CME: Pork Production Estimate for 2010 Lowered

US - USDA updated on Tuesday its monthly supply and demand estimates and overall the release contained few surprises, write Steve Meyer and Len Steiner.
calendar icon 11 February 2010
clock icon 4 minute read

Many of the changes to the beef and pork production and use numbers were incremental while the changes to the corn balance sheet for the most part involved a few adjustments to the demand side.

Below are some of the highlights from the latest release:


USDA did not make any changes to the feed use numbers for 2009/10 as projections for red meat and poultry production were only slightly lower than the previous estimate. Ethanol use was increased by about 100 million bushels and it now accounts for 4.3 billion bushels of corn use. Some of that increase in ethanol demand was offset by a reduction in expected corn shipments. Exports have been running behind projections for some time and USDA recognised this in the latest release. Overall ending stocks for the 2009/10 marketing year were 1.719 billion bushels, or 13.1 per cent of total use. Last year the stocks to use ratio was 13.9 per cent.


Commercial beef production in 2010 is now projected to be 25.650 billion pounds. This estimate is about 175 million pounds higher than the January report but still about 313 million pounds or 1.2 per cent lower than what it was in 2009. One wild card going forward will be the situation in the US cow calf sector. At this point, there is little indication that producers are willing to hold back heifers to rebuild the beef cow herd. Dairy producers, on the other hand, will likely embark on some more herd culling given persistent profitability issues. Beef exports were left unchanged and at 2.040 billion pounds they are currently projected to increase 169 million pounds or 9 per cent compared to 2009 levels. Beef imports, on the other hand, were reduced by 20 million pounds but at 2.775 they are still projected to be 132 million pounds or 4.9 per cent higher than in 2009. We will likely need a sustained recovery in the value of the US dollar for imports to recover in 2010. The downward adjustment was likely prompted by a very slow start in beef imports from Australia and New Zealand and we remain unconvinced that those imports will recover anytime soon. Overall per capita beef disappearance for 2010 was raised only modestly to 59.9 lb/person and it is still expected to be down 2.3 per cent from the year before and now down 8.7 per cent compared to where it was in 2005.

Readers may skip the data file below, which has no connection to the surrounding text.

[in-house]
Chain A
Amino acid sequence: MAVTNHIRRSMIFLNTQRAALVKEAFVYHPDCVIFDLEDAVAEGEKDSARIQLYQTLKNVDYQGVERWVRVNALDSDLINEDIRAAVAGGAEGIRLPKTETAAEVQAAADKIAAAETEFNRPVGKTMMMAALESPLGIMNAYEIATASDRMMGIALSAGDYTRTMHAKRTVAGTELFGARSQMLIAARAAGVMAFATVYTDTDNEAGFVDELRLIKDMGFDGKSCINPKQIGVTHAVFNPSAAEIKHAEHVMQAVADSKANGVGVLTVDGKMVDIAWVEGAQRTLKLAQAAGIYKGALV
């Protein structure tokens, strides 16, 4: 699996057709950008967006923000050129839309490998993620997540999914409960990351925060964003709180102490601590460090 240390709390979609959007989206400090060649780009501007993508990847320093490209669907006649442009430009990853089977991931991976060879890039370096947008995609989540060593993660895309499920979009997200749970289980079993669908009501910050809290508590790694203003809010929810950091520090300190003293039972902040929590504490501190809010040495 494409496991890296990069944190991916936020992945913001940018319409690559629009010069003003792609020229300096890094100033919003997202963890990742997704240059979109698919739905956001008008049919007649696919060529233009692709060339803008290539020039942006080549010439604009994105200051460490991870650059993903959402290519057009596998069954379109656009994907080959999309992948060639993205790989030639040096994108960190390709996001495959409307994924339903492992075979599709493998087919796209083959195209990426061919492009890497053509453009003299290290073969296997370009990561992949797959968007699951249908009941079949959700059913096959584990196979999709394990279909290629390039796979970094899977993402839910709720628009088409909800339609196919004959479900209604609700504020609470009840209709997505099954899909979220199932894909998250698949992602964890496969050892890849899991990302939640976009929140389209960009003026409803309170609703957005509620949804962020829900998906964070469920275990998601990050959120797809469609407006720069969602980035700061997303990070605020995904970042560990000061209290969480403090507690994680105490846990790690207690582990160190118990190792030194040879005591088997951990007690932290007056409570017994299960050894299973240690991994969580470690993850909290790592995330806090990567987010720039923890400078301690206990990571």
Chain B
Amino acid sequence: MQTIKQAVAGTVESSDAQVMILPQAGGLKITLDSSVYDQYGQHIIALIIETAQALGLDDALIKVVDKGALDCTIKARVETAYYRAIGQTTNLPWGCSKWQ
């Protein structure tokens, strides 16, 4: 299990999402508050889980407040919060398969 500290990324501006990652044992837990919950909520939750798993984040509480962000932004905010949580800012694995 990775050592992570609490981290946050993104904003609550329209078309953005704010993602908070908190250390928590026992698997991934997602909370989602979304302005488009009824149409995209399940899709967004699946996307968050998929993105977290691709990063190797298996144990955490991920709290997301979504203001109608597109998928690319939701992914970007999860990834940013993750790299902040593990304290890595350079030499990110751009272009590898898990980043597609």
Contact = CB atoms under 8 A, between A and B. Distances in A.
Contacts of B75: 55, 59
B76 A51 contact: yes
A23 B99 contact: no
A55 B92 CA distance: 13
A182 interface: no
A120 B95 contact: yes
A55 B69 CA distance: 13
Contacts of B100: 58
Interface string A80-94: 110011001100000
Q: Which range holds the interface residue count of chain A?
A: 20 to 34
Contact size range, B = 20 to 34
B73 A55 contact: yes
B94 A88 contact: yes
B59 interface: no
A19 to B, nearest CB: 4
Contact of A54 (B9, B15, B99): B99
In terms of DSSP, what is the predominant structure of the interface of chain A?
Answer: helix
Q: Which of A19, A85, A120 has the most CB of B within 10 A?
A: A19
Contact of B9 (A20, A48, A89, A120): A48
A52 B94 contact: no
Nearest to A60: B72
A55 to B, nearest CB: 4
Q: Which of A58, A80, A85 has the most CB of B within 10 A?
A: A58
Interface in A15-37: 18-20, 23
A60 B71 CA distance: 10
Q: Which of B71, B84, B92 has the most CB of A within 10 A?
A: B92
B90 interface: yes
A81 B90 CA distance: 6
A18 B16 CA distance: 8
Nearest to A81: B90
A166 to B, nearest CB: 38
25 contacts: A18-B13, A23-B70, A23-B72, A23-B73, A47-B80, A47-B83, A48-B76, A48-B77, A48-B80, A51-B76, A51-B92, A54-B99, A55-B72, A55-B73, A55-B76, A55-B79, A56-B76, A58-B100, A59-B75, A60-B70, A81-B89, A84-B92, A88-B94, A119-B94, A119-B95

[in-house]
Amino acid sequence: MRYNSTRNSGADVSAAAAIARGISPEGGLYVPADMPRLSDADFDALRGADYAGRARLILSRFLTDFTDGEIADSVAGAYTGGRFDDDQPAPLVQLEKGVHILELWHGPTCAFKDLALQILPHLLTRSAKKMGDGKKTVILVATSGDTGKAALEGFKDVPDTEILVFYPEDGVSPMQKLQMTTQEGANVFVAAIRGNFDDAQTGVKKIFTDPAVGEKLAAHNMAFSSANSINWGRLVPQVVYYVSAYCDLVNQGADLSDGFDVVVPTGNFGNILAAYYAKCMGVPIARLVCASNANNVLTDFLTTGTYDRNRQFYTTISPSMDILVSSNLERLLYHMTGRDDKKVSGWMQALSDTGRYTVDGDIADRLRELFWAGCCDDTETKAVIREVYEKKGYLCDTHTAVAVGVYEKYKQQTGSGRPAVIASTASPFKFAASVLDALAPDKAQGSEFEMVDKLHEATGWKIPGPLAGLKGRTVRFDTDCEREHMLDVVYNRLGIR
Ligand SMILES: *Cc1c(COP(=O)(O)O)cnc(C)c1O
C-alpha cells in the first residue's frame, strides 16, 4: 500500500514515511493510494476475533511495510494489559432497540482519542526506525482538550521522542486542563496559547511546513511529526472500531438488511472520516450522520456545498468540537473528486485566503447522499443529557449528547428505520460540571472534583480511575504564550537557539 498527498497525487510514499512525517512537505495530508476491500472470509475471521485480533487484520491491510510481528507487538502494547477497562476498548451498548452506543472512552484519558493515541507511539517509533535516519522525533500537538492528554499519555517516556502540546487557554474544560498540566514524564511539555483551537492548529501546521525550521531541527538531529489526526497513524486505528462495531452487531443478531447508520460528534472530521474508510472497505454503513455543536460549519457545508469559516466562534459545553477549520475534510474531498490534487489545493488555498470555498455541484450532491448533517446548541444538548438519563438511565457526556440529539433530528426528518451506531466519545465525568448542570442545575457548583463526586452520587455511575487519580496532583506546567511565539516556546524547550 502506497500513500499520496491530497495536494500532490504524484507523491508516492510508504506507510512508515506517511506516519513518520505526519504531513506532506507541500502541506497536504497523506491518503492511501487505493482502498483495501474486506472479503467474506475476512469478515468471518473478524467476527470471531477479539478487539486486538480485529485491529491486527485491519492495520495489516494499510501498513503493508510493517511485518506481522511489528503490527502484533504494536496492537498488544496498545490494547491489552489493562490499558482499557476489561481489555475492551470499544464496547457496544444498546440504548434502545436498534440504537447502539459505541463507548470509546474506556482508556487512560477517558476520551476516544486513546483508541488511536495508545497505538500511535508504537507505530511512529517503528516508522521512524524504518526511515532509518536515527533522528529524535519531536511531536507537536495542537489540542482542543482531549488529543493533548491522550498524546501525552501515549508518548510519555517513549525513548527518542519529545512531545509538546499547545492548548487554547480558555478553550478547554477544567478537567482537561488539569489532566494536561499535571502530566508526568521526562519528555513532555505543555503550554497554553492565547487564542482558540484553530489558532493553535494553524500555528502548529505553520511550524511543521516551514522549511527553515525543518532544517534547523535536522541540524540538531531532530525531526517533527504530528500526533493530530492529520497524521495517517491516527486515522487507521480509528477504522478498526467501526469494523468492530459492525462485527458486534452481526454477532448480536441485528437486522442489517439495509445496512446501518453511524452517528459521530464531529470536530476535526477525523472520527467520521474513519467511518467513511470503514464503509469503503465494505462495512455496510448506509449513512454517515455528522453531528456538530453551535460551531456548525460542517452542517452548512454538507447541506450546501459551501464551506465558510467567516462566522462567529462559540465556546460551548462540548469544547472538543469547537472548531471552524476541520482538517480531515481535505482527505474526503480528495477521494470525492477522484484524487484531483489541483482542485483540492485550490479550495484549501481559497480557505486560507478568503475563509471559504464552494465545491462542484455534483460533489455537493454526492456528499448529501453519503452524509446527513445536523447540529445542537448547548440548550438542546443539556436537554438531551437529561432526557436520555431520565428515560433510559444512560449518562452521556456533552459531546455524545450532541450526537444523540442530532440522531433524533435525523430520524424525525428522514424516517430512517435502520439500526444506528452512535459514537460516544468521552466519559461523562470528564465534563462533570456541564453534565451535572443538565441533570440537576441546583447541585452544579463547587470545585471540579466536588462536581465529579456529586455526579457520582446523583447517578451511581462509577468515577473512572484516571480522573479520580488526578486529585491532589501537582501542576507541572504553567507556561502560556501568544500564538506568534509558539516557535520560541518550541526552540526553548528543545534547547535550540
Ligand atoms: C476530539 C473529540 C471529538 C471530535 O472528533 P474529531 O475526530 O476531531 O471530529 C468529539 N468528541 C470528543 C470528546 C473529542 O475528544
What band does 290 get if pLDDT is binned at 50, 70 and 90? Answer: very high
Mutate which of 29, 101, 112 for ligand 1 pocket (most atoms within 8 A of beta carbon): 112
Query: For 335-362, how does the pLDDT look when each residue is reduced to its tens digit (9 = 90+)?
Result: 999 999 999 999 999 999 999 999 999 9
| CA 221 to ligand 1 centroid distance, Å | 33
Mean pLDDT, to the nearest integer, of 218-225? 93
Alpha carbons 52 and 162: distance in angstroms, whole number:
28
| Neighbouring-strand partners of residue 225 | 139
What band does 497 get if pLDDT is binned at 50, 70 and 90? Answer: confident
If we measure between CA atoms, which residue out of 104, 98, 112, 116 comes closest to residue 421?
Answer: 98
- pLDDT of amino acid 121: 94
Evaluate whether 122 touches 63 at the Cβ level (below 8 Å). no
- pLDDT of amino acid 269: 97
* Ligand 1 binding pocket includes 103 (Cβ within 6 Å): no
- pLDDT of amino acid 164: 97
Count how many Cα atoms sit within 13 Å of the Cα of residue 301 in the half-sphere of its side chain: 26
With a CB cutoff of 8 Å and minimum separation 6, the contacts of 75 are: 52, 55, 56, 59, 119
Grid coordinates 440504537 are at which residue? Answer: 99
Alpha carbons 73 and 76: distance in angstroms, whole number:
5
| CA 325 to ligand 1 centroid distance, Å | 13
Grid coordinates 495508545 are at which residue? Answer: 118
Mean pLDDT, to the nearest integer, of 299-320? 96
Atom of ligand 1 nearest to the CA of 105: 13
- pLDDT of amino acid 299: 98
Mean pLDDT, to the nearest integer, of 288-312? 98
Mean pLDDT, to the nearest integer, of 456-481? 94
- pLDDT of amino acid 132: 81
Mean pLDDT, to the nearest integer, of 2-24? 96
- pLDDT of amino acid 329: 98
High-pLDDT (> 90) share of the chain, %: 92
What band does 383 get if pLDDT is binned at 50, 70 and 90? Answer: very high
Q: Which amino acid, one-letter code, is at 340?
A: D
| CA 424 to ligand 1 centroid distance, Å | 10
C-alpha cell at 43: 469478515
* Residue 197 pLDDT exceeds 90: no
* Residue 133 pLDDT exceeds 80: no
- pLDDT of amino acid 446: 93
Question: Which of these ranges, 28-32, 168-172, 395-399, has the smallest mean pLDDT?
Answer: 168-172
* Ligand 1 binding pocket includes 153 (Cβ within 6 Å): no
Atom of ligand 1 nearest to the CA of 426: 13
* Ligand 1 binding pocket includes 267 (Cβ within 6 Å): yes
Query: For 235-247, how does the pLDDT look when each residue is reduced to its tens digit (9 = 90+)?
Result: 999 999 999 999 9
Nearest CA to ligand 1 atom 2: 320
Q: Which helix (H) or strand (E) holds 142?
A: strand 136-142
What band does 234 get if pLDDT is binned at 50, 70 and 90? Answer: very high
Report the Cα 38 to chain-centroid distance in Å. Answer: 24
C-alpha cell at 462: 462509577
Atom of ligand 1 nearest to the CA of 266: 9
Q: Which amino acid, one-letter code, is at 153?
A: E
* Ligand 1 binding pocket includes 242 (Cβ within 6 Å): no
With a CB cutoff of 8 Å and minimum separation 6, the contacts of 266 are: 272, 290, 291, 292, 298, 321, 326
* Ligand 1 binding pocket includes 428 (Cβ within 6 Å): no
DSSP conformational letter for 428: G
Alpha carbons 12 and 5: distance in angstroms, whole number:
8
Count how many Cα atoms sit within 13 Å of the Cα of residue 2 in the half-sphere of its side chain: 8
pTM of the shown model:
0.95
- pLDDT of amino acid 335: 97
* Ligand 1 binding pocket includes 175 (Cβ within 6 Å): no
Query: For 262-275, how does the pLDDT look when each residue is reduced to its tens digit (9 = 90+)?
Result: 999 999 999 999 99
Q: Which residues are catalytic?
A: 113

USDA lowered its estimate of pork production for 2010 by 115 million pounds. At 22.520 billion pounds, US pork production for 2010 is currently projected to be 473 million pounds or 2.1 per cent lower than in 2009 and 827 million pounds or 3.5 per cent lower than in 2008. With pork exports expected to be 4.5 billion pounds (+8.5 per cent), US pork per capita disappearance is expected to fall sharply by 5.4 per cent and likely lead to significant price inflation for 2010.

© 2000 - 2024 - Global Ag Media. All Rights Reserved | No part of this site may be reproduced without permission.